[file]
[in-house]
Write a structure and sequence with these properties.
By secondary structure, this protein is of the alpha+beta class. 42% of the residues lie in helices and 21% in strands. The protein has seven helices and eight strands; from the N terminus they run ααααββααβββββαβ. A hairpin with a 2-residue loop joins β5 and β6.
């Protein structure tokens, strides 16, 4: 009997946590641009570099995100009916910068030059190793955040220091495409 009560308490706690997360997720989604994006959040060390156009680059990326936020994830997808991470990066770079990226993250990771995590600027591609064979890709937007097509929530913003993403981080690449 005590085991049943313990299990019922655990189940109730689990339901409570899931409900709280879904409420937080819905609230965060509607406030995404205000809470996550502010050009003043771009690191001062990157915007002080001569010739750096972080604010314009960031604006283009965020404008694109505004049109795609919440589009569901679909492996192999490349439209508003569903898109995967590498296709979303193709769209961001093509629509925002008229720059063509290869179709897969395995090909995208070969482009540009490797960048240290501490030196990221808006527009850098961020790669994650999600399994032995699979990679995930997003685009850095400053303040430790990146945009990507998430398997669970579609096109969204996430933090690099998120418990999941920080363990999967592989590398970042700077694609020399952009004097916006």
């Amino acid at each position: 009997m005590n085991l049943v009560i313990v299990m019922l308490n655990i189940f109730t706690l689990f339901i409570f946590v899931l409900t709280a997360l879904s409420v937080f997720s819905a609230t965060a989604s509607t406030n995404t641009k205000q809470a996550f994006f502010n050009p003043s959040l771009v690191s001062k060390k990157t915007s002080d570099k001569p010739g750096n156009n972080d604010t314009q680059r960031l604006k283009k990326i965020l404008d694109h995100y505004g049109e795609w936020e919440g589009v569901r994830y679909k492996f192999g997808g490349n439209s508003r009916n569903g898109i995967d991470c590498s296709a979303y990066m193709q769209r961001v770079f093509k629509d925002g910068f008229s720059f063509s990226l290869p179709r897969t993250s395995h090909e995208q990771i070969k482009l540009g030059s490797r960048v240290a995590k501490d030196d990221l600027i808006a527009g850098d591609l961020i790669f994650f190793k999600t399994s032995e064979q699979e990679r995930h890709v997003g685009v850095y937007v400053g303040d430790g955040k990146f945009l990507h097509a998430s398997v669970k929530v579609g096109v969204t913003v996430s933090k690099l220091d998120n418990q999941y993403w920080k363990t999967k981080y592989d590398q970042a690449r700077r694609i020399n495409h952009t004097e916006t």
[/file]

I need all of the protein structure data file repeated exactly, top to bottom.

[in-house]
Write a structure and sequence with these properties.
By secondary structure, this protein is of the alpha+beta class. 42% of the residues lie in helices and 21% in strands. The protein has seven helices and eight strands; from the N terminus they run ααααββααβββββαβ. A hairpin with a 2-residue loop joins β5 and β6.
């Protein structure tokens, strides 16, 4: 009997946590641009570099995100009916910068030059190793955040220091495409 009560308490706690997360997720989604994006959040060390156009680059990326936020994830997808991470990066770079990226993250990771995590600027591609064979890709937007097509929530913003993403981080690449 005590085991049943313990299990019922655990189940109730689990339901409570899931409900709280879904409420937080819905609230965060509607406030995404205000809470996550502010050009003043771009690191001062990157915007002080001569010739750096972080604010314009960031604006283009965020404008694109505004049109795609919440589009569901679909492996192999490349439209508003569903898109995967590498296709979303193709769209961001093509629509925002008229720059063509290869179709897969395995090909995208070969482009540009490797960048240290501490030196990221808006527009850098961020790669994650999600399994032995699979990679995930997003685009850095400053303040430790990146945009990507998430398997669970579609096109969204996430933090690099998120418990999941920080363990999967592989590398970042700077694609020399952009004097916006």
């Amino acid at each position: 009997m005590n085991l049943v009560i313990v299990m019922l308490n655990i189940f109730t706690l689990f339901i409570f946590v899931l409900t709280a997360l879904s409420v937080f997720s819905a609230t965060a989604s509607t406030n995404t641009k205000q809470a996550f994006f502010n050009p003043s959040l771009v690191s001062k060390k990157t915007s002080d570099k001569p010739g750096n156009n972080d604010t314009q680059r960031l604006k283009k990326i965020l404008d694109h995100y505004g049109e795609w936020e919440g589009v569901r994830y679909k492996f192999g997808g490349n439209s508003r009916n569903g898109i995967d991470c590498s296709a979303y990066m193709q769209r961001v770079f093509k629509d925002g910068f008229s720059f063509s990226l290869p179709r897969t993250s395995h090909e995208q990771i070969k482009l540009g030059s490797r960048v240290a995590k501490d030196d990221l600027i808006a527009g850098d591609l961020i790669f994650f190793k999600t399994s032995e064979q699979e990679r995930h890709v997003g685009v850095y937007v400053g303040d430790g955040k990146f945009l990507h097509a998430s398997v669970k929530v579609g096109v969204t913003v996430s933090k690099l220091d998120n418990q999941y993403w920080k363990t999967k981080y592989d590398q970042a690449r700077r694609i020399n495409h952009t004097e916006t």